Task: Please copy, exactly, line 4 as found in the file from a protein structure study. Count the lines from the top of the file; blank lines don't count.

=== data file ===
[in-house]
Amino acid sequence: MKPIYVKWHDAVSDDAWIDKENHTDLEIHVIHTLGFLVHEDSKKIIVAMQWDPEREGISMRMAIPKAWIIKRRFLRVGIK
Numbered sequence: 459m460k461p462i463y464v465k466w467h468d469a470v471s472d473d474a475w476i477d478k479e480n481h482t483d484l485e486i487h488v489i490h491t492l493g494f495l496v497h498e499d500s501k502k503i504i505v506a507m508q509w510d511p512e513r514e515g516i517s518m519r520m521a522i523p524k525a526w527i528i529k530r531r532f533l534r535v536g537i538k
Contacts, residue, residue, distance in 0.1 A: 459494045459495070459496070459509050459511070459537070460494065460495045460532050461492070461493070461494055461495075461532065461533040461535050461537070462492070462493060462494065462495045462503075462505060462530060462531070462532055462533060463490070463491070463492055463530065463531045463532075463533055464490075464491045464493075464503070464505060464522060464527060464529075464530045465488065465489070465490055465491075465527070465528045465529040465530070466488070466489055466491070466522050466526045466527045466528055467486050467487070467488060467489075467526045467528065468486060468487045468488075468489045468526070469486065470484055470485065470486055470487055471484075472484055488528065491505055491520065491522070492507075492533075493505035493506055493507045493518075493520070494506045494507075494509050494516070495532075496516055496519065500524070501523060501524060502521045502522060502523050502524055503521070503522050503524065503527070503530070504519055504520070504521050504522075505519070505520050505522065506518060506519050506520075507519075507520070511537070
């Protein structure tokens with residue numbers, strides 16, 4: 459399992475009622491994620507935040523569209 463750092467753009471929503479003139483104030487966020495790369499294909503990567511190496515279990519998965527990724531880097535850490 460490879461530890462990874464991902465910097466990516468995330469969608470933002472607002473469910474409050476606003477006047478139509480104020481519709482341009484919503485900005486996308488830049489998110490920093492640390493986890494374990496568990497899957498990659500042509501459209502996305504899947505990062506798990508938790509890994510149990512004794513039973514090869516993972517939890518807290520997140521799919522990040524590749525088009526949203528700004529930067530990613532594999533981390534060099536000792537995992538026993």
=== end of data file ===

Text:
Contacts, residue, residue, distance in 0.1 A: 459494045459495070459496070459509050459511070459537070460494065460495045460532050461492070461493070461494055461495075461532065461533040461535050461537070462492070462493060462494065462495045462503075462505060462530060462531070462532055462533060463490070463491070463492055463530065463531045463532075463533055464490075464491045464493075464503070464505060464522060464527060464529075464530045465488065465489070465490055465491075465527070465528045465529040465530070466488070466489055466491070466522050466526045466527045466528055467486050467487070467488060467489075467526045467528065468486060468487045468488075468489045468526070469486065470484055470485065470486055470487055471484075472484055488528065491505055491520065491522070492507075492533075493505035493506055493507045493518075493520070494506045494507075494509050494516070495532075496516055496519065500524070501523060501524060502521045502522060502523050502524055503521070503522050503524065503527070503530070504519055504520070504521050504522075505519070505520050505522065506518060506519050506520075507519075507520070511537070